The pandemic ushered in a new era for remote patient monitoring (RPM). For people trying to minimize the risk of getting sick from COVID-19, the idea that their vitals could be safely monitored from the comfort of their homes was a game changer. But when there is no longer a public health emergency, is remote patient monitoring going to fall out of favor? 

While the pandemic may have been a catalyst for RPM innovation, there are many reasons why it will continue to be a vital part of the healthcare system for years to come. Namely, the aging population. The number of U.S. adults aged 60 and older is expected to increase 30% by 2050, and 88% of adults aged 50 and older want to age in the home for as long as possible. That means there will be a massive number of elderly people who need homecare services.  

Here is where RPM can help. RPM provides peace of mind. If an elderly patient can have their chronic conditions checked on in the home safely, then they may not need to move into a facility to receive this level of care. And with caregivers who can assist with that monitoring technology, as well as their clients’ other daily needs, those older adults who wish to stay in their homes for the rest of their lives have a much better chance of doing so successfully. 

What is Remote Patient Monitoring (RPM)? 

RPM has become a catch-all for the healthcare maintenance of patients from home, but there are several categories related to this maintenance. Let’s explore each in more detail. 

RPM vs RTM vs CCM 

Remote Patient Monitoring (RPM)RPM involves the use of connected electronic tools or devices that record patients’ personal health and medical data. This physiological data, such as blood pressure or glucose levels, is recorded in one location (usually the patient’s home) and is reviewed by a provider at a different location. 

Remote Therapeutic Monitoring (RTM)RTM involves the use of a medical device or platform to monitor a patient’s health or response to treatment, but RTM uses non-physiological data to accomplish this task. RTM can be used to monitor things like medication adherence, response to therapy, musculoskeletal activity, and respiratory activity. Additionally, RTM allows for self-reported data from the patient. 

Chronic Care Management (CCM): According to the Centers for Medicare & Medicaid Services (CMS), CCM is care coordination services that are done outside of the regular office visit for patients with two or more chronic conditions expected to continue at least 12 months, and that place the patient at significant risk of death, acute exacerbation/decompensation, or functional decline. CCM includes services such as a provider prepared care plan for the patient or caregiver, help with medication management, and 24/7 access for urgent care needs.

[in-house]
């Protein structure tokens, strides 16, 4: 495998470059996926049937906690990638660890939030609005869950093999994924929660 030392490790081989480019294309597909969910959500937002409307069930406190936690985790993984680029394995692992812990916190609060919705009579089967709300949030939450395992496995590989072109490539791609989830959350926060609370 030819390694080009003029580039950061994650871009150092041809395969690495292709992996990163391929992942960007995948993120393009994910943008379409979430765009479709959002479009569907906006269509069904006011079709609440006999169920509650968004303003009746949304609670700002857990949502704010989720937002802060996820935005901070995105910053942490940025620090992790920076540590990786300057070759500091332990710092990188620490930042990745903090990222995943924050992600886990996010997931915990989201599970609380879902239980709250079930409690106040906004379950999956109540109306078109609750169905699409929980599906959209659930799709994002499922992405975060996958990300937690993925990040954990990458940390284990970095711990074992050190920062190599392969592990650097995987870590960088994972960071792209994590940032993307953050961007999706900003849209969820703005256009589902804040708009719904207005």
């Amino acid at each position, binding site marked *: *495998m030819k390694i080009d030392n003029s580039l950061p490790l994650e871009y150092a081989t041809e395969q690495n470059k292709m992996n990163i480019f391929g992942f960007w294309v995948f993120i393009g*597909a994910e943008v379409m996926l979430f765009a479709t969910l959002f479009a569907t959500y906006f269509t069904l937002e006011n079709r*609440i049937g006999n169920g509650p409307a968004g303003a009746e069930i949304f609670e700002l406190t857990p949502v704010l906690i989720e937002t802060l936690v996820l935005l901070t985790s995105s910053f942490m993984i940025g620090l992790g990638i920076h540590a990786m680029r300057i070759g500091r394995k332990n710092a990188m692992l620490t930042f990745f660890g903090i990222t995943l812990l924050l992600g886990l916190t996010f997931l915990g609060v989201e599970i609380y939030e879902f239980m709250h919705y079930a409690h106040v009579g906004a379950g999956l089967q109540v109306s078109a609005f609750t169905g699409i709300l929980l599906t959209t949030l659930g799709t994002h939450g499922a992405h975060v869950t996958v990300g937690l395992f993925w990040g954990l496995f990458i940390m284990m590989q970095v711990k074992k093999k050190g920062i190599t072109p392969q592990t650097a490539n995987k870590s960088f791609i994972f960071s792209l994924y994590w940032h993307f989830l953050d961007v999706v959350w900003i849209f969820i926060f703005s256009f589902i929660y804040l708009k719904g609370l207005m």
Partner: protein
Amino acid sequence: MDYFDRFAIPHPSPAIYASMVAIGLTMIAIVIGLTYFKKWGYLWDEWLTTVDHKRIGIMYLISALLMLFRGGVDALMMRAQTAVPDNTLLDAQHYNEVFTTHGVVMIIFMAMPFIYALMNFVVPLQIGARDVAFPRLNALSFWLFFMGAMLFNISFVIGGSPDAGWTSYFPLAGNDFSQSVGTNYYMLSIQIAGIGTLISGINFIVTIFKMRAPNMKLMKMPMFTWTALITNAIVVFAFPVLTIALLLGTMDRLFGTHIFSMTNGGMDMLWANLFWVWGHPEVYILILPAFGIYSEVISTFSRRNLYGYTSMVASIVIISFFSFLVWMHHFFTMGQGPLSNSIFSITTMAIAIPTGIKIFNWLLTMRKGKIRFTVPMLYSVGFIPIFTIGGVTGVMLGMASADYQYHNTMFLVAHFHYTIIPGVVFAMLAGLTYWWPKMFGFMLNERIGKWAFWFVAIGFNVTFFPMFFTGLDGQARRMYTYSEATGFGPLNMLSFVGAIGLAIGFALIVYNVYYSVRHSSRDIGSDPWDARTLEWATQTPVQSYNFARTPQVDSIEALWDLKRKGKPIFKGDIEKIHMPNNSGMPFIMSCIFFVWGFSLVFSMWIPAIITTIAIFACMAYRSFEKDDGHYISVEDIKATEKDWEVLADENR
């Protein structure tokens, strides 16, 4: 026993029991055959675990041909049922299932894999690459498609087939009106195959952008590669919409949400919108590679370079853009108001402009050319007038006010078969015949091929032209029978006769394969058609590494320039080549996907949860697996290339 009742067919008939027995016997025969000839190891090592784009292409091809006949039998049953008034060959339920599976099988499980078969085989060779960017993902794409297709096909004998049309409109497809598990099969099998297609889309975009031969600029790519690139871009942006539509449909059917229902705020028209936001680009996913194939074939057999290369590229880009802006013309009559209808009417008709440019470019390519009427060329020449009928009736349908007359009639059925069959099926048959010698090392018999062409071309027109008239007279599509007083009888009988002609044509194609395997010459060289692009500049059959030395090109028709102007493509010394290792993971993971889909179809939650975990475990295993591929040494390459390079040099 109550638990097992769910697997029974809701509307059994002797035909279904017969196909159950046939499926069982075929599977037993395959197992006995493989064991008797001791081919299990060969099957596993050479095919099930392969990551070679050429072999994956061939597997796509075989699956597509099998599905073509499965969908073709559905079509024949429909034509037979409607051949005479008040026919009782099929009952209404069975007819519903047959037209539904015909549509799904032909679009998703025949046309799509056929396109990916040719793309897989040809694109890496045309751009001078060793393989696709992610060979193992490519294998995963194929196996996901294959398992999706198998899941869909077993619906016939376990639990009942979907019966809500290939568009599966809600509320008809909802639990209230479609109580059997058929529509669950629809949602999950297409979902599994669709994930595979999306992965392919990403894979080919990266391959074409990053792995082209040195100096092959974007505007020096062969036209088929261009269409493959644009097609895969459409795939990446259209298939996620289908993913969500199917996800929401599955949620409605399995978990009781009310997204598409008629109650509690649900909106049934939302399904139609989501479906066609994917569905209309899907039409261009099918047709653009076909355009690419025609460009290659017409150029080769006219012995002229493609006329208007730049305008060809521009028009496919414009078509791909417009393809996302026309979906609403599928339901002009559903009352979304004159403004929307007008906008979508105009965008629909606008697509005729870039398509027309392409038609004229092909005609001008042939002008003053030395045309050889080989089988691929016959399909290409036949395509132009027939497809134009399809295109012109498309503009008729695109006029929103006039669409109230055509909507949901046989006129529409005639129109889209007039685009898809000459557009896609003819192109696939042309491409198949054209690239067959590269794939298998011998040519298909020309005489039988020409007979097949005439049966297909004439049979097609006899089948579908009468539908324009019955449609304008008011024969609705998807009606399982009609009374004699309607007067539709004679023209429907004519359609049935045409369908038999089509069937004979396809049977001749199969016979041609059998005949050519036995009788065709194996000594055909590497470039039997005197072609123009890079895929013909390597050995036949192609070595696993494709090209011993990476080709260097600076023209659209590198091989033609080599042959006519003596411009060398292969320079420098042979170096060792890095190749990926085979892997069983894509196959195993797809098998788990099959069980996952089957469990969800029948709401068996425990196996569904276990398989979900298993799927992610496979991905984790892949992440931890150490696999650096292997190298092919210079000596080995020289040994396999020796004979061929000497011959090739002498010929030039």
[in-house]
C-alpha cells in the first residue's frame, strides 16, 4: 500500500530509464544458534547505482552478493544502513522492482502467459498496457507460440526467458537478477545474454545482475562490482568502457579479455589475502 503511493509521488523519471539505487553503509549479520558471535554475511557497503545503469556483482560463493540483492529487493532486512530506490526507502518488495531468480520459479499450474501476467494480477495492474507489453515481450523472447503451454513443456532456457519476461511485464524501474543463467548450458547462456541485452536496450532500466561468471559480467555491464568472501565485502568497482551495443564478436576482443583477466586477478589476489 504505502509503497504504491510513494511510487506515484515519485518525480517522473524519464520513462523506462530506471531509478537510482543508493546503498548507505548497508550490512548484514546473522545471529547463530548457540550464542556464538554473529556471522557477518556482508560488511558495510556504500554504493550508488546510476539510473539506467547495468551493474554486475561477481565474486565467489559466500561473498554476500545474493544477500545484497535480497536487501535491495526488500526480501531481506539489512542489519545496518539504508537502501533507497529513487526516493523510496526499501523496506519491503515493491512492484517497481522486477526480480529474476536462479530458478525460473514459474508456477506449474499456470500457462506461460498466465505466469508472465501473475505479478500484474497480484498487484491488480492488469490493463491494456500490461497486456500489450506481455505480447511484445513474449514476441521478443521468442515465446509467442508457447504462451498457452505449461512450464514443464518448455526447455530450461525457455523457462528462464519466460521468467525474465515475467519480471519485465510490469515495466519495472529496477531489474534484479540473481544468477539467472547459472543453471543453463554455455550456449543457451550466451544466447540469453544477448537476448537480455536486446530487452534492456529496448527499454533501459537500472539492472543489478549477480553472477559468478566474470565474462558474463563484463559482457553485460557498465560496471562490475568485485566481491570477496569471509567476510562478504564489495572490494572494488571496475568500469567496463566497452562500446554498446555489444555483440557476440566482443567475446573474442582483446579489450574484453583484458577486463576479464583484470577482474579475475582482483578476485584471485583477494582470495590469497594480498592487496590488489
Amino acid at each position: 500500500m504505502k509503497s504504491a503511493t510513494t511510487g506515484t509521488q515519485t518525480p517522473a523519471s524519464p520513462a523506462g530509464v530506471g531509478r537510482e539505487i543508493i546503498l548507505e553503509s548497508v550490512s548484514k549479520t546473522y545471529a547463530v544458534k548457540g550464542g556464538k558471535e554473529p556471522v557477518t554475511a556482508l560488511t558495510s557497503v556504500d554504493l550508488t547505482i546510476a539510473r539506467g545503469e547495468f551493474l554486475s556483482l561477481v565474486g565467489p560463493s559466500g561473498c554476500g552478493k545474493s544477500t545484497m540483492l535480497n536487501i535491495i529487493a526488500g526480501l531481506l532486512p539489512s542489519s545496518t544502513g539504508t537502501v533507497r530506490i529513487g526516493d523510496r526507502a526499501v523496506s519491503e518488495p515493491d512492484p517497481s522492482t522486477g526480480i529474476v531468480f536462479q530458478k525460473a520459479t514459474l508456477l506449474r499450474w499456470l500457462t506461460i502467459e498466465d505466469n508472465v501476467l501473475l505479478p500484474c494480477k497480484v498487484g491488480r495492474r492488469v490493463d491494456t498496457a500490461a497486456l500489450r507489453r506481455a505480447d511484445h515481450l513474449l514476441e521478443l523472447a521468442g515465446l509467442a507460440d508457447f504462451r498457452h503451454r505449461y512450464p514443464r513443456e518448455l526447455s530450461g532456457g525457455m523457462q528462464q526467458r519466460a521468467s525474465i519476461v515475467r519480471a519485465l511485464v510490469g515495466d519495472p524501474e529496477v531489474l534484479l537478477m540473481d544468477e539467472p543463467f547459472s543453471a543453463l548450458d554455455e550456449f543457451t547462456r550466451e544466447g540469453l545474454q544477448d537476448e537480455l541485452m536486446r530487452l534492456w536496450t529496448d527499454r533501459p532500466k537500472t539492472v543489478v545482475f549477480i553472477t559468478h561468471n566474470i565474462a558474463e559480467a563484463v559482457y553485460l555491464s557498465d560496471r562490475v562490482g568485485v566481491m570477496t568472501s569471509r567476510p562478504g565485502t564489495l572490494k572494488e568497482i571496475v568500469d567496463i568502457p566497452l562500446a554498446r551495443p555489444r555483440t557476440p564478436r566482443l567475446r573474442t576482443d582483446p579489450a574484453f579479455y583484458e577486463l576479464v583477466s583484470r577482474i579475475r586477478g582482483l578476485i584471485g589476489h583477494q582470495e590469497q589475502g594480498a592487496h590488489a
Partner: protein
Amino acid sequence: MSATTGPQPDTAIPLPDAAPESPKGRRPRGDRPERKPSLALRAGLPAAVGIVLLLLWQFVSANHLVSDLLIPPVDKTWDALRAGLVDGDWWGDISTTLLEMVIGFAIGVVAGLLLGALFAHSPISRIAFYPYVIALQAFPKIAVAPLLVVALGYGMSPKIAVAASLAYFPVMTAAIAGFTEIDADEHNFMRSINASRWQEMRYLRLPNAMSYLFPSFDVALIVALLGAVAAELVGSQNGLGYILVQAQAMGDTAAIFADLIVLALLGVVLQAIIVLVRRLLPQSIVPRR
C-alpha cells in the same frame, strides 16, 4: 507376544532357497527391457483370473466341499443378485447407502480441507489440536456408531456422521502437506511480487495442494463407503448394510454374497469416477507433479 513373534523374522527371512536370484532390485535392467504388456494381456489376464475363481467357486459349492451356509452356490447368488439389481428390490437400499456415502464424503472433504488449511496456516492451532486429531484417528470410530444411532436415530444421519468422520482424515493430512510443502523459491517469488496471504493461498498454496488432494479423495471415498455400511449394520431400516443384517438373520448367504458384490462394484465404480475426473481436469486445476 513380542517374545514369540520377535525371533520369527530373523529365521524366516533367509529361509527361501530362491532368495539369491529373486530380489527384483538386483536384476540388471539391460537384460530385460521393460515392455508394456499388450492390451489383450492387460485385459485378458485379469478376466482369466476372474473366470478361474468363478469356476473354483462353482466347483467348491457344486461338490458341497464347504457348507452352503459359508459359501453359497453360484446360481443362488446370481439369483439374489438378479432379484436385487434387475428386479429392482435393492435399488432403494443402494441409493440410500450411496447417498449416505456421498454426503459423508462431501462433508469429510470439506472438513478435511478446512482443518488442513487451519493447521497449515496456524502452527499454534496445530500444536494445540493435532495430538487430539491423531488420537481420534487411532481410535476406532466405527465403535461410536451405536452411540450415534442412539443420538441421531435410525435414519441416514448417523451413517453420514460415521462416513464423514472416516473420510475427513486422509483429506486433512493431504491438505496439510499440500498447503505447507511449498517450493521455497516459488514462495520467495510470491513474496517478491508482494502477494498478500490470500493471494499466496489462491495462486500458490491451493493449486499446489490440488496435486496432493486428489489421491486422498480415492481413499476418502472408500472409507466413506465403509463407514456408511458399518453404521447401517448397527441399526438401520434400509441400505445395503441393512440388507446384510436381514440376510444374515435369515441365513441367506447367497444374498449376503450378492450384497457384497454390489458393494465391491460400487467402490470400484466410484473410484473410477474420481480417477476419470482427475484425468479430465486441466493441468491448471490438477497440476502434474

Types of Care Devices That Can Be Used in The Home: 

  • Pulse oximeters 
  • Blood glucose meters 
  • Weight scales 
  • ECG machines 
  • Spirometers 
  • Blood pressure monitors 
  • Heart monitors 

The Benefits of Remote Patient Care Include: 

  • Reduced hospitalizations 
  • Decreased visits to the emergency room 
  • Better health outcomes for patients in rural areas
  • Better management of chronic conditions 
  • Shorter hospital stays 
  • Reduced risk of illnesses, for patients and health care workers 

Remote Patient Monitoring and Social Determinants of Health 

While caregivers are not typically going to administer RPM, they play a key role in its success, and together, homecare providers and clinicians can help patients stay in the home longer and out of the hospital. One way that they can do this is by working together to overcome the challenges posed by certain Social Determinants of Health (SDOH).  

Obstacles like lack of transportation can result in patients not being able to receive regular preventative healthcare services. But thanks to certain RPM systems, healthcare access can be expanded to those who might otherwise find it hard to get to a doctor’s office. And caregivers can help clients by assisting with the setup of telemedicine calls, and other communications needed for the remote care. 

Additionally, caregivers can work with the care team that manages the client’s chronic conditions. Caregivers can express potential hazards in the home, client complaints, or even lack of nutritious foods. While the caregiver is not a certified medical professional, these insights let the client’s care team act and intervene if needed.  

How RPM and Homecare Can Work Together 

Homecare providers and clinicians who use RPM have the same goal: to help people stay in their homes for as long as possible. RPM devices and other remote monitoring technologies like telehealth can provide patients with peace of mind knowing that they are being medically monitored without having to be at a facility. Coupled with in-home caregivers who can see to their activities of daily living and these clients can remain safe and comfortable in their home environments. 

HHAeXchange has partnered with Remote Focus, a free, patient safety solution that works with homecare providers to ensure patients have a clinical safety net to control chronic conditions, foster better clinical outcomes, and avoid potential hospitalizations. The Remote Focus staff uses the data from patients’ RPM devices to monitor and assess wellness and escalate concerns when necessary. 

If you are interested in learning more about how homecare providers can utilize RPM to help keep their clients healthier and out of the hospital, contact us today!